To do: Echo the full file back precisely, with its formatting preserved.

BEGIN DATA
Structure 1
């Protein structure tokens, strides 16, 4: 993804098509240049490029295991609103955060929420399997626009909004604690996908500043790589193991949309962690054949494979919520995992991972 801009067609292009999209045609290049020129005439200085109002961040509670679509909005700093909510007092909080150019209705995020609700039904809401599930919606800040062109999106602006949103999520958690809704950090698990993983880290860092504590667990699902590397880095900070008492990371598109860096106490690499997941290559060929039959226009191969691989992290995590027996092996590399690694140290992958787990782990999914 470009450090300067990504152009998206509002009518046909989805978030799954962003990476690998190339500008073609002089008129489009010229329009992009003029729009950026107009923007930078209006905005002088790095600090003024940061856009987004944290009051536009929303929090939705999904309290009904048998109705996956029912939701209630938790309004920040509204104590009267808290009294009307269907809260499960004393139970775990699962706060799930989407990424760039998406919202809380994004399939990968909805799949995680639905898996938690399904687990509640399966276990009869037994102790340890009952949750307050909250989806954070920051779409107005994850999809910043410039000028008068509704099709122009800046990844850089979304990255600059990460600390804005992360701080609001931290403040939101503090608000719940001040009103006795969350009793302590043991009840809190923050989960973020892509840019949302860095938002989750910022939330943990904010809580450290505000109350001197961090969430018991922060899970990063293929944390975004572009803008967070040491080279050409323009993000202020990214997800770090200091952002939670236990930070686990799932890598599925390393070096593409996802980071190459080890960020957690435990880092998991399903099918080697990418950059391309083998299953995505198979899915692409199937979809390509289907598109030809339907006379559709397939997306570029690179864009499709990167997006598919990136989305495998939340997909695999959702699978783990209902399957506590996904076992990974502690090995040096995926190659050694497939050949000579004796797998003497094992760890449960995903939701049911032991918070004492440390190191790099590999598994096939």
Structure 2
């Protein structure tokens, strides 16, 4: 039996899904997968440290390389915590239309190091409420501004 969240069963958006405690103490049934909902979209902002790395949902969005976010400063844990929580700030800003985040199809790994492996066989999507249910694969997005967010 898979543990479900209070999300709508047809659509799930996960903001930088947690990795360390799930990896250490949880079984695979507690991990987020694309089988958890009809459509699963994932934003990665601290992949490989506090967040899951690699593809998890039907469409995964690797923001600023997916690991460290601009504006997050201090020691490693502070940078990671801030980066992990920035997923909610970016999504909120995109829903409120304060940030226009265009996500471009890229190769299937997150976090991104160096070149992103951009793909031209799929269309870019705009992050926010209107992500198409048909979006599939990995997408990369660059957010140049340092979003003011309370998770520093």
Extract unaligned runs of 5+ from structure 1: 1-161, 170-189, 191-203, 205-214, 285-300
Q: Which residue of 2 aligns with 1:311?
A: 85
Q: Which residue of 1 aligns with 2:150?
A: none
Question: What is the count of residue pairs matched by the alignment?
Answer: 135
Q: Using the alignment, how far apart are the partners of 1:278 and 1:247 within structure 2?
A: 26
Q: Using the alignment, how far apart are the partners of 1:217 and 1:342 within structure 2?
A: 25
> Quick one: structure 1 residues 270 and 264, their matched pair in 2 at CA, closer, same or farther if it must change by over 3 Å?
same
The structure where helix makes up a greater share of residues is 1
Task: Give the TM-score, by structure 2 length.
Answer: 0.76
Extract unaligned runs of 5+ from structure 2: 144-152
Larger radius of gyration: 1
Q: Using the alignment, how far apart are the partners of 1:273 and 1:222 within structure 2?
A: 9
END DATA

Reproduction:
Structure 1
């Protein structure tokens, strides 16, 4: 993804098509240049490029295991609103955060929420399997626009909004604690996908500043790589193991949309962690054949494979919520995992991972 801009067609292009999209045609290049020129005439200085109002961040509670679509909005700093909510007092909080150019209705995020609700039904809401599930919606800040062109999106602006949103999520958690809704950090698990993983880290860092504590667990699902590397880095900070008492990371598109860096106490690499997941290559060929039959226009191969691989992290995590027996092996590399690694140290992958787990782990999914 470009450090300067990504152009998206509002009518046909989805978030799954962003990476690998190339500008073609002089008129489009010229329009992009003029729009950026107009923007930078209006905005002088790095600090003024940061856009987004944290009051536009929303929090939705999904309290009904048998109705996956029912939701209630938790309004920040509204104590009267808290009294009307269907809260499960004393139970775990699962706060799930989407990424760039998406919202809380994004399939990968909805799949995680639905898996938690399904687990509640399966276990009869037994102790340890009952949750307050909250989806954070920051779409107005994850999809910043410039000028008068509704099709122009800046990844850089979304990255600059990460600390804005992360701080609001931290403040939101503090608000719940001040009103006795969350009793302590043991009840809190923050989960973020892509840019949302860095938002989750910022939330943990904010809580450290505000109350001197961090969430018991922060899970990063293929944390975004572009803008967070040491080279050409323009993000202020990214997800770090200091952002939670236990930070686990799932890598599925390393070096593409996802980071190459080890960020957690435990880092998991399903099918080697990418950059391309083998299953995505198979899915692409199937979809390509289907598109030809339907006379559709397939997306570029690179864009499709990167997006598919990136989305495998939340997909695999959702699978783990209902399957506590996904076992990974502690090995040096995926190659050694497939050949000579004796797998003497094992760890449960995903939701049911032991918070004492440390190191790099590999598994096939």
Structure 2
């Protein structure tokens, strides 16, 4: 039996899904997968440290390389915590239309190091409420501004 969240069963958006405690103490049934909902979209902002790395949902969005976010400063844990929580700030800003985040199809790994492996066989999507249910694969997005967010 898979543990479900209070999300709508047809659509799930996960903001930088947690990795360390799930990896250490949880079984695979507690991990987020694309089988958890009809459509699963994932934003990665601290992949490989506090967040899951690699593809998890039907469409995964690797923001600023997916690991460290601009504006997050201090020691490693502070940078990671801030980066992990920035997923909610970016999504909120995109829903409120304060940030226009265009996500471009890229190769299937997150976090991104160096070149992103951009793909031209799929269309870019705009992050926010209107992500198409048909979006599939990995997408990369660059957010140049340092979003003011309370998770520093």
Extract unaligned runs of 5+ from structure 1: 1-161, 170-189, 191-203, 205-214, 285-300
Q: Which residue of 2 aligns with 1:311?
A: 85
Q: Which residue of 1 aligns with 2:150?
A: none
Question: What is the count of residue pairs matched by the alignment?
Answer: 135
Q: Using the alignment, how far apart are the partners of 1:278 and 1:247 within structure 2?
A: 26
Q: Using the alignment, how far apart are the partners of 1:217 and 1:342 within structure 2?
A: 25
> Quick one: structure 1 residues 270 and 264, their matched pair in 2 at CA, closer, same or farther if it must change by over 3 Å?
same
The structure where helix makes up a greater share of residues is 1
Task: Give the TM-score, by structure 2 length.
Answer: 0.76
Extract unaligned runs of 5+ from structure 2: 144-152
Larger radius of gyration: 1
Q: Using the alignment, how far apart are the partners of 1:273 and 1:222 within structure 2?
A: 9